Smart Appending:  The same structure as basic except all meters who hear the packet will append the data to their own even if they are not named as the destination.  Reliability is increased because if one meter does not hear one packet that does not mean for sure that the data in that packet will not reach the central server, since other meters could have heard it and appending the data to their own.  This means that the “Smart Appending” algorithm sends the same amount of packets as the “Basic” algorithm, but it sends larger packets.  A small run of this algorithm showed a data loss of 2.8% and a battery consumption rate of 16.3 percent of our battery per hour.  In this algorithm, the total cost of sending and receiving will be increased but only due to the larger size of the packets, the constant term of each equation (which is significant) will not need to be subtracted twice.  The additional cost of implementing the smart appending algorithm will vary with the number of meters in the group.  The energy consumption of the smart appending algorithm is also more sensitive to the topology of the group.

 

“Send Twice” was not a viable option since it was both less reliable and more energy-draining.  The choice remained between “Basic” and “Smart Appending.”  Therefore, we designed the SAFE algorithm to be flexible enough to allow the customer to make that choice for himself.  Changing the way in which the probabilities of the SAFE algorithm get calculated changes the tradeoff between reliability and energy consumption.  “Basic” and “Smart Appending” are special cases of SAFE, where the probabilities are always 0% and always 100% respectively.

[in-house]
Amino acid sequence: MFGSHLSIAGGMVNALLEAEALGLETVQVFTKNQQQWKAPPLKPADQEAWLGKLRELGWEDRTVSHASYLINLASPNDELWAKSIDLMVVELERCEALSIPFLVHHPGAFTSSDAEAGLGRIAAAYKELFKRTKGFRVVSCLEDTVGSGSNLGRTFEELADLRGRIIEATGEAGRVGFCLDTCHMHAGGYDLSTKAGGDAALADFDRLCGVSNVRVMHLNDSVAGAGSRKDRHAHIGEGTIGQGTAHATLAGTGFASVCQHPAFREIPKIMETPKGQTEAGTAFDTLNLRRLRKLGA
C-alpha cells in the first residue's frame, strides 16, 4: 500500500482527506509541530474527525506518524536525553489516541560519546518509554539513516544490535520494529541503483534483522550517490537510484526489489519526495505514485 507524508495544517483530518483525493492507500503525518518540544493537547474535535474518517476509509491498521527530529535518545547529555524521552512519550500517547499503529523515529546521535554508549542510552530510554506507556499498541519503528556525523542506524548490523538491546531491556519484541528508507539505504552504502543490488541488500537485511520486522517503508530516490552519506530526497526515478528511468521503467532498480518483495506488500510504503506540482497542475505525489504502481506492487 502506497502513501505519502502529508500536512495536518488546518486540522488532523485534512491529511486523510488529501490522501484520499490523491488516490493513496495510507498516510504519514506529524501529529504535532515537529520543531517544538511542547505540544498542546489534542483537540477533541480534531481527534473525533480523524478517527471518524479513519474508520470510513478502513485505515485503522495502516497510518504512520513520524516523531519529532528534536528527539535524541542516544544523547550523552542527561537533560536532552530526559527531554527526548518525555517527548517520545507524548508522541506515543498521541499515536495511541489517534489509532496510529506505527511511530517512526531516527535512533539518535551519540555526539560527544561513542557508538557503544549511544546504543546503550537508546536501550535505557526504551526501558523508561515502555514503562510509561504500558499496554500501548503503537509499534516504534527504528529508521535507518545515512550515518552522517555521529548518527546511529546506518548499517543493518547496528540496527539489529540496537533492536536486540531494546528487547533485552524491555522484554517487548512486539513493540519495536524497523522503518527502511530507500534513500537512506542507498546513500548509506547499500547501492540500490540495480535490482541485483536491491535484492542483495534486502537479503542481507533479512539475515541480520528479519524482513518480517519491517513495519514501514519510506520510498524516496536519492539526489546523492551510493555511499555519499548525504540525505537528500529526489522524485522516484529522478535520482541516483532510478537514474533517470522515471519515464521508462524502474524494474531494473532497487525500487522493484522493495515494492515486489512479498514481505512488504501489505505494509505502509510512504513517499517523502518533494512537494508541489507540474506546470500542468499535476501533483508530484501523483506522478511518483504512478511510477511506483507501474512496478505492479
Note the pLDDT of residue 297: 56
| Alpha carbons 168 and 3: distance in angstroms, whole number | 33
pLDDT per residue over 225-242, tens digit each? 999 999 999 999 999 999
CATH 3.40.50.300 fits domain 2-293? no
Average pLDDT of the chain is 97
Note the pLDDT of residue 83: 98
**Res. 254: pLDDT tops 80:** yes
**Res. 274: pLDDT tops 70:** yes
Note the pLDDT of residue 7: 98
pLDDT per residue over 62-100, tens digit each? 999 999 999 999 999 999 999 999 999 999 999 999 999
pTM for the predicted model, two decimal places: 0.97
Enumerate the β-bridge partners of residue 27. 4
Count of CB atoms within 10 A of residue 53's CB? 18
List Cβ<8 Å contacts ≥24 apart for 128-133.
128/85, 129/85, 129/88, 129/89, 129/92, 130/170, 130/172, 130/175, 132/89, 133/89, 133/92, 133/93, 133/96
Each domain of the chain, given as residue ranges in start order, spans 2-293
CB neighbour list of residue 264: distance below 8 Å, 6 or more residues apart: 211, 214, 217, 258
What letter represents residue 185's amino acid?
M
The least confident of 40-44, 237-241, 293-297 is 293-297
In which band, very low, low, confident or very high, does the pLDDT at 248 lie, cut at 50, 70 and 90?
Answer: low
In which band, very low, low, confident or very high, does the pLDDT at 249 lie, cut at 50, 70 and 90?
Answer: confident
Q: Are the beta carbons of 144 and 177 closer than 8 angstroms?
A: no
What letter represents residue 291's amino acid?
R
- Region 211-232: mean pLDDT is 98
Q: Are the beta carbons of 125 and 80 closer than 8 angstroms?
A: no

The main challenge during coding of the algorithm was how to achieve greater parallelization. The parking meter needed to perform multiple operations including continuous listening for packets on two different sockets. Initially, we had a lot of transient threads that were created to perform a task such as sending an update packet, then exit once they finished their function.  However, since there was a limit to the number of threads that a process in the Linux environment could create, the program eventually stopped creating the required threads and was rendered helpless. As a solution, we decided instead to have six permanent threads (as explained in the initialization section) that slept when they were not needed. This corrected the thread limit problem and lead to a greater degree of inter-process communication. Alarm signals were sent when necessary from one thread to a sleeping thread in order to wake it up. Another challenge then became preventing race conditions between the threads especially when it came to accessing the wireless card. Since this was a common phenomenon, implementing a solution (Peterson’s solution) was easy enough.

 

Another challenge was our limited resources. Our project was meant to be implemented on groups of about 20 parking meter and we only had four wireless devices one of which needed to be the central station. Furthermore, the testing of our implementation in a real city street environment would be infeasible since we needed power outlets. There is a limit to what we can test or prove on such a small number of devices in a laboratory environment. To abate this problem, we ambitiously decided to simultaneously run two copies of the program independently on each of the three devices. This required some maneuvering as multiple processes are not allowed access to the same socket at the same time, yet we needed this. Furthermore, the limited resources on each device was split reducing performance to some extent. However, we were able to achieve the successful cohabitation on each device. We predefined some links between meters to have a loss rate of 60%; otherwise all the routing would have been done in single hops. After solving these problems we are more confident that our project was successfully implemented and we can put together a more meaningful demonstration.